The best way to get more contacts is to get your antenna up higher and there’s more than one method of accomplishing this. If you are on a fixed base operation you would erect a taller antenna mast or raise your tower height by adding sections to it. Portable operations such as Field Day, EmComm, special events and public service can accomplish this by using a taller mast or structure for their antennas. But there is another method for increasing your HAAT (Height Above Average Terrain) is to pack up and go hilltopping.
Hilltopping is where amateur radio operators pack up their camping gear, radio gear, antennas for the bands they will operate on and head out to the tallest hill or mountain they can get up onto. Once up there they setup their camps and antennas and go to work in scouring the bands for new grids for their logs. Hilltopping and camping out go hand-in-hand so be prepared as the Boy Scouts would say.
So you are wondering how Tilt-N-Raise fits into hilltopping since it appears as if the Tilt-N-Raise portable antenna mount was designed for vertical antennas. Well the beauty of the Tilt-N-Raise antenna mount is that you can mount anything on the mast that you wish to use. There isn’t any reason you couldn’t mount a horizontal boom at the top of the mast and attach your yagi and/or dish antennas on it.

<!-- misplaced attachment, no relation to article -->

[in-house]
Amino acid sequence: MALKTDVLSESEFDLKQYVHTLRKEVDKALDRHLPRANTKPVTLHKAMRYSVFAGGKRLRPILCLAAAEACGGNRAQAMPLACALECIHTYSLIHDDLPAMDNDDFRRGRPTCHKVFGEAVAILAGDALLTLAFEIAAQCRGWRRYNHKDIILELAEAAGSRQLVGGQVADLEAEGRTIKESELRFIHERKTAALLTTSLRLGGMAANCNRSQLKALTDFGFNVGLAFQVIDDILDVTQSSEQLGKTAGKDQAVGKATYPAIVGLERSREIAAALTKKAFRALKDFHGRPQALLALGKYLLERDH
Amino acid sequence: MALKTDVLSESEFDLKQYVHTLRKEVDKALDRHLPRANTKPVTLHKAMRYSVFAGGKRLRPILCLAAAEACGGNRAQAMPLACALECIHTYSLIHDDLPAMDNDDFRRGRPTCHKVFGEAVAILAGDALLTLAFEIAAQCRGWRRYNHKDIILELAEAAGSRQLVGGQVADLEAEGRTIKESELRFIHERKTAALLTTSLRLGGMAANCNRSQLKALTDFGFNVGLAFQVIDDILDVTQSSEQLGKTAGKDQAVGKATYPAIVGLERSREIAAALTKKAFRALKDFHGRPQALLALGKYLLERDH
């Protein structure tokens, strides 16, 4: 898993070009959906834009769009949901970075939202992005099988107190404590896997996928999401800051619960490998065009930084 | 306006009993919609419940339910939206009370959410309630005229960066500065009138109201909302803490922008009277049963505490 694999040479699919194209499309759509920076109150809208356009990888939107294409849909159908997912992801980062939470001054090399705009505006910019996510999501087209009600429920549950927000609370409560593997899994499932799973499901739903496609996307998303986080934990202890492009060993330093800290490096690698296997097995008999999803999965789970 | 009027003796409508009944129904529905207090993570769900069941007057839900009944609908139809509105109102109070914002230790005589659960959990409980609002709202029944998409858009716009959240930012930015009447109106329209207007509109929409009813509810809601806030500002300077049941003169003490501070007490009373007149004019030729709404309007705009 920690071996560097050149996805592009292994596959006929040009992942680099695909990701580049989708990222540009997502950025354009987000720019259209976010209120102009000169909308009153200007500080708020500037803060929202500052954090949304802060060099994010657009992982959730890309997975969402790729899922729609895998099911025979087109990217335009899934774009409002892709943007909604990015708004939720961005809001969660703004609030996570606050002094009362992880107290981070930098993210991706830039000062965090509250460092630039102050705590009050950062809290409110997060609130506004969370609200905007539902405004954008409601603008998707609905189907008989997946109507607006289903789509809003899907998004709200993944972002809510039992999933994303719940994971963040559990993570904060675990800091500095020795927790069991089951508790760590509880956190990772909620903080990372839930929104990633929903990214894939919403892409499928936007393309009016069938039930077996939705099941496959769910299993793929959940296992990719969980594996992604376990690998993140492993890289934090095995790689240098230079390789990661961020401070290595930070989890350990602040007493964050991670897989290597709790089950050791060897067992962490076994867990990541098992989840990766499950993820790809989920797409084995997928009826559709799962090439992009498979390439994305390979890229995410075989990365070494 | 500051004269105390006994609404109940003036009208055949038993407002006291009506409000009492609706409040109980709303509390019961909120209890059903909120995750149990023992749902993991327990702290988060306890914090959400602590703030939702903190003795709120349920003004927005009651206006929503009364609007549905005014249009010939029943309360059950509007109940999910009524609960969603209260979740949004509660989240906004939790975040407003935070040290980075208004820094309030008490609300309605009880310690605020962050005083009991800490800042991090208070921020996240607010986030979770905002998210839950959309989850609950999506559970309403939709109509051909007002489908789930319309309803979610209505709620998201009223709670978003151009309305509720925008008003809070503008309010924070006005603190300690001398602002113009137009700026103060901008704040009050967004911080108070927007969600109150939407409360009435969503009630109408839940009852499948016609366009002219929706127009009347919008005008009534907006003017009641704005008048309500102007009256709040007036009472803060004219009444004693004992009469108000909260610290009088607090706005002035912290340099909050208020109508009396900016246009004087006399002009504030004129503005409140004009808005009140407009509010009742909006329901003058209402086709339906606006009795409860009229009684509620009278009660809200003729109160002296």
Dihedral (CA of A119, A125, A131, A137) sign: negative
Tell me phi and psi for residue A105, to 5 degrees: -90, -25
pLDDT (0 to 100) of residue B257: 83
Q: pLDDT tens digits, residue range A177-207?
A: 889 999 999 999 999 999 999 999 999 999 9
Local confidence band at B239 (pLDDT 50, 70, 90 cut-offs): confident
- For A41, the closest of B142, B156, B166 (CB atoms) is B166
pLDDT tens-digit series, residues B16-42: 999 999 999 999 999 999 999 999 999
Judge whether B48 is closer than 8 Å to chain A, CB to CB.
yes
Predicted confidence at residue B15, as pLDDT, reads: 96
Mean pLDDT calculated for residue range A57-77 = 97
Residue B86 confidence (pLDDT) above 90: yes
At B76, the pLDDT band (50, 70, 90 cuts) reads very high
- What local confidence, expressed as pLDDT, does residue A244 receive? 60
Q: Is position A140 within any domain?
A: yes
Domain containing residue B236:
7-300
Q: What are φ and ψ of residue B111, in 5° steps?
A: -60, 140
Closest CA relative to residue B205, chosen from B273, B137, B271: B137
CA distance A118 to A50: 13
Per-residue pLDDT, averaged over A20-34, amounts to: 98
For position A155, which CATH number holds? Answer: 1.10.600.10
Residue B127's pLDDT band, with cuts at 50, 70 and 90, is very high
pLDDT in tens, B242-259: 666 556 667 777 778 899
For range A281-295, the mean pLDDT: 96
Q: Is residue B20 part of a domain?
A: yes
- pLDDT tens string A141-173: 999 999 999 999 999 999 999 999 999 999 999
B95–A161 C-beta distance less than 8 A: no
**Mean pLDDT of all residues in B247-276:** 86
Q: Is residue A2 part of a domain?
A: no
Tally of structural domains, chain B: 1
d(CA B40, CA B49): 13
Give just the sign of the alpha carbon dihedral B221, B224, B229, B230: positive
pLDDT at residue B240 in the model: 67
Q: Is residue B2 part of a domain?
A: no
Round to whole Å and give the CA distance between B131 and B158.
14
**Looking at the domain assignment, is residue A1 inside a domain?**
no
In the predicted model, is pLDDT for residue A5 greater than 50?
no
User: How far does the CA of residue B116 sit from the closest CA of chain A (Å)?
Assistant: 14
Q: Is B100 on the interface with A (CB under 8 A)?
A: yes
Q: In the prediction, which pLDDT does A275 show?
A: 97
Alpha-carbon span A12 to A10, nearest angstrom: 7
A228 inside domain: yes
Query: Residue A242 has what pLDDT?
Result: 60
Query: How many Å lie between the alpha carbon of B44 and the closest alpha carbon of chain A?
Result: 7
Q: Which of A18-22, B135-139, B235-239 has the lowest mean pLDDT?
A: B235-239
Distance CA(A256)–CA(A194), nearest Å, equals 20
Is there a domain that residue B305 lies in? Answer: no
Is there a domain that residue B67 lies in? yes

- N2MH Lighthouse Locator
- [ http://www.n2mh.net/lighthse.htm]
- N2MH RoveSite Locator
- [ http://www.n2mh.net/rovesite/rovesite.htm]
- Northern Lights Radio Society 10 GHz and Up Operating Sites
- [ http://www.nlrs.org/10GHz_and_Up/10GHz_Sites.htm]
- Online Map Creation using AZ_PROJ
- [ http://www.wm7d.net/azproj.shtml]
For more information you can search Google® on the terms:
1 HAAT – Antenna Height Above Average Terrain. The FFC web site has a great deal of information about HAAT and they even have a great calculator you can use for HATT.
2 GRID – An explanation from the ARRL:
“An instrument of the Maidenhead Locator System (named after the town outside London where it was first conceived by a meeting of European VHF managers in 1980), a grid square measures 1° latitude by 2° longitude and measures approximately 70 × 100 miles in the continental US. A grid square is indicated by two letters (the field) and two numbers (the square), as in FN31, the grid square within which W1AW, ARRL’s Maxim Memorial Station, resides.
Each subsquare is designated by the addition of two letters after the grid square, as FN44IG. These more precise locators are used as part of the exchange in the 10-GHz contest. They measure 2.5 minutes latitude by 5 minutes longitude, roughly corresponding to 3 × 4 miles in the continental US.”
Page tags: amateur radio, ham radio, hilltop, VHF, UHF, SHF, microwave, rovers, grids, grid squares, gridsquares, portable operations